A new wave of archaeological and space technology was on display Monday night at McFarlin Auditorium during the final Tate Lecture Series of the semester. Sarah Parcak, a space archaeologist and one of the most renowned world thinkers of her time, introduced her newest, most intruding work: the GlobalXplorer.
The GlobalXplorer is an online application that uses crowdsourcing and satellite images to discover hidden or lost archaeological sites. The GlobalXplorer has already located hidden pyramids, settlements and lost tombs in Egypt. More than a million people use GlobalXplorer from more than 200 countries.
“Parcak is transforming the way the science world thinks about archaeology,” President R. Gerald Turner said as he introduced Parcak to a packed auditorium. “She incorporates 21st-century technology into later discoveries, which is a fascinating thing to see.”
As well as being a renowned space archaeologist, Parcak is also a National Geographic Explorer, author of the book “Satellite Remote Sensing for Archaeology” and founder of the Laboratory for Global Observation at the University of Alabama at Birmingham.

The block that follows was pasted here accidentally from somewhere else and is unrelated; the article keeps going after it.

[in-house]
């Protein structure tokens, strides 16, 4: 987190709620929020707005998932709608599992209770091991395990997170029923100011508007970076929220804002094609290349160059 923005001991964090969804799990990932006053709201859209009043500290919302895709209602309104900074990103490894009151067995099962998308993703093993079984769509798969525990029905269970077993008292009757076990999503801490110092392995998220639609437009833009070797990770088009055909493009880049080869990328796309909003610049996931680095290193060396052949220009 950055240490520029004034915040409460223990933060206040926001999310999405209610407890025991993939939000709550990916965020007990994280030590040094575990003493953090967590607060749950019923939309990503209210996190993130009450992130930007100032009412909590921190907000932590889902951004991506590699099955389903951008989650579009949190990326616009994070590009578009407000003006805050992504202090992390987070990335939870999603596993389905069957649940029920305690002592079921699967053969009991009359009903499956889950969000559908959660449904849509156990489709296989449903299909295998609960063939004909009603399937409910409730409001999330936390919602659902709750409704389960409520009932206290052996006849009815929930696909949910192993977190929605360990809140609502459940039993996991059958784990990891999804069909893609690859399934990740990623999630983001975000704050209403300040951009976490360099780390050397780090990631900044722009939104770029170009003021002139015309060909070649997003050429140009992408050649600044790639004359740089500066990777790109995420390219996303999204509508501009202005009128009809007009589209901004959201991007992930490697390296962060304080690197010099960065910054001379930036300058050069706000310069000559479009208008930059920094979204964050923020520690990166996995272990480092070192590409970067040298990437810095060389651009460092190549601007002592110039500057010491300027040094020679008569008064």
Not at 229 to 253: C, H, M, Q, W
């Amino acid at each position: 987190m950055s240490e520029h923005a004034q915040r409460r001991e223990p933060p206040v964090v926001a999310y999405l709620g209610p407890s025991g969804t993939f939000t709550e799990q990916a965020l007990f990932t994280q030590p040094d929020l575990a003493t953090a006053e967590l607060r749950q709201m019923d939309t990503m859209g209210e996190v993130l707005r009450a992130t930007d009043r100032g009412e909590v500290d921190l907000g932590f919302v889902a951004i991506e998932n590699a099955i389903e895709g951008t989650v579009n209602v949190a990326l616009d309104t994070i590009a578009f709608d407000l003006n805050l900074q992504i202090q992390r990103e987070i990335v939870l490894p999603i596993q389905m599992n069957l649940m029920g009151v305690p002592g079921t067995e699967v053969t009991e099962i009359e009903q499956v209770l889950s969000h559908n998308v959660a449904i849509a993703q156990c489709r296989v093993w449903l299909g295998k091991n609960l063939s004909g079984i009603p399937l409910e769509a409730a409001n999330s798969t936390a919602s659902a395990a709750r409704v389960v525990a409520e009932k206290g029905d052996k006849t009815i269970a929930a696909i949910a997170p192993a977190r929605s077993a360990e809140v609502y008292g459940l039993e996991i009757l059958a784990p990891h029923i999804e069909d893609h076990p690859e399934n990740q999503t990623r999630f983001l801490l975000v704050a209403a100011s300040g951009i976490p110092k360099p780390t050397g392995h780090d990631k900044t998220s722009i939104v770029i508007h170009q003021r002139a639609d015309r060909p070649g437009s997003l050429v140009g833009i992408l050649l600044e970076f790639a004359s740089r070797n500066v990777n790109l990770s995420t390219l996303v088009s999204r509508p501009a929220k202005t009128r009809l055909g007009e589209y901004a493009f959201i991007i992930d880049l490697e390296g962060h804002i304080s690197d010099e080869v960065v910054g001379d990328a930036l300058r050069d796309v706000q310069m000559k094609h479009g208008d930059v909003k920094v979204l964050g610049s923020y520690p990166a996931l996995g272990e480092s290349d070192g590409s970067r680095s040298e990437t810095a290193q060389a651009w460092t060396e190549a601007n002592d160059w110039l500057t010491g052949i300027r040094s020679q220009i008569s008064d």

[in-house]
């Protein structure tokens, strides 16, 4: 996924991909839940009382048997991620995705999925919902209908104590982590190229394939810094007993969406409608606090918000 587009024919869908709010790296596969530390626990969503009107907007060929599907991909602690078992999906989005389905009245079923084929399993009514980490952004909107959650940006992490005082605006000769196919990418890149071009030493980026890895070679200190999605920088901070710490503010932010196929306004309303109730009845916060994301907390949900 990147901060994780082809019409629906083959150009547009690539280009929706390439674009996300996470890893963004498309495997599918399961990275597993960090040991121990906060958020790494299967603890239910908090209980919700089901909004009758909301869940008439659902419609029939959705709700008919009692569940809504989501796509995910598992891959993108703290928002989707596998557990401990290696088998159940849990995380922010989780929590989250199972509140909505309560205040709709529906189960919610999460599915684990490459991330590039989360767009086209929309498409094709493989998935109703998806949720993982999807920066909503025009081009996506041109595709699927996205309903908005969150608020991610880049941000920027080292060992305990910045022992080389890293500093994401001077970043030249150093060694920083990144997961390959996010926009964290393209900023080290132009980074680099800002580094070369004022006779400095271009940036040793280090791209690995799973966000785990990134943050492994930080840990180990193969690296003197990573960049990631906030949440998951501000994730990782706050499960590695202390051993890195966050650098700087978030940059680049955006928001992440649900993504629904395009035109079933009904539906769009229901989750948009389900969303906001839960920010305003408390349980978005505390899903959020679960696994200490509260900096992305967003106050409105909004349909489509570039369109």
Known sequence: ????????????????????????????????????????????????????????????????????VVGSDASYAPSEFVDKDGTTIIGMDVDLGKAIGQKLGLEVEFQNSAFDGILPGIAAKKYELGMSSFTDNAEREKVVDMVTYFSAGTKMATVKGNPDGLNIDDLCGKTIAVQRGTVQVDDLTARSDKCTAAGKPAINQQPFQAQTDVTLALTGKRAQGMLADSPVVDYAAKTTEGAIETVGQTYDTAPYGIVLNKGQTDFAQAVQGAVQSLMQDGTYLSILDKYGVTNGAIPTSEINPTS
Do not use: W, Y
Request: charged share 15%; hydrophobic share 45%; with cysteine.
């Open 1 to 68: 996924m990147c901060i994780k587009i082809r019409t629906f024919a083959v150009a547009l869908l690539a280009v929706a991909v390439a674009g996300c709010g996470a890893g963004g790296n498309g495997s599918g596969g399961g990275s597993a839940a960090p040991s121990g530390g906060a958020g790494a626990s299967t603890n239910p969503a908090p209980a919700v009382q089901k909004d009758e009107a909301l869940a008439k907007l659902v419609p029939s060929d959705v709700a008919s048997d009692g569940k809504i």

Parcak, who gave the Baird Lecture of the Willis M. Tate Distinguished Lecture Series, showed her discovered sights and settlements while she went on excavation tours. She believes archaeology is important to our society because it connects the past to the present.
“Archaeology gives us great perspective,” Parcak told the crowd. “Although we think things have changed over time, they have remained the same. A women’s veil in Middle Eastern society in 400 B.C. is the same veil today.”
Parcak displayed a slideshow of the GlobalXplorer interface and the process of using it to find hidden sights. She said archaeology will become a more integral aspect in society as more sights and settlements are discovered by the GlobalXplorer.
“Parcak is an inspiration to others,” junior Antoine Mellion said after the event. “She brings hope that archaeology can be one of the most important fields for the foreseeable future.”
Parcak received the TED prize in 2016 for her pioneering work as a space archaeologist. She was awarded $1 million to advance her technological work and start the campaign to design the GlobalXplorer.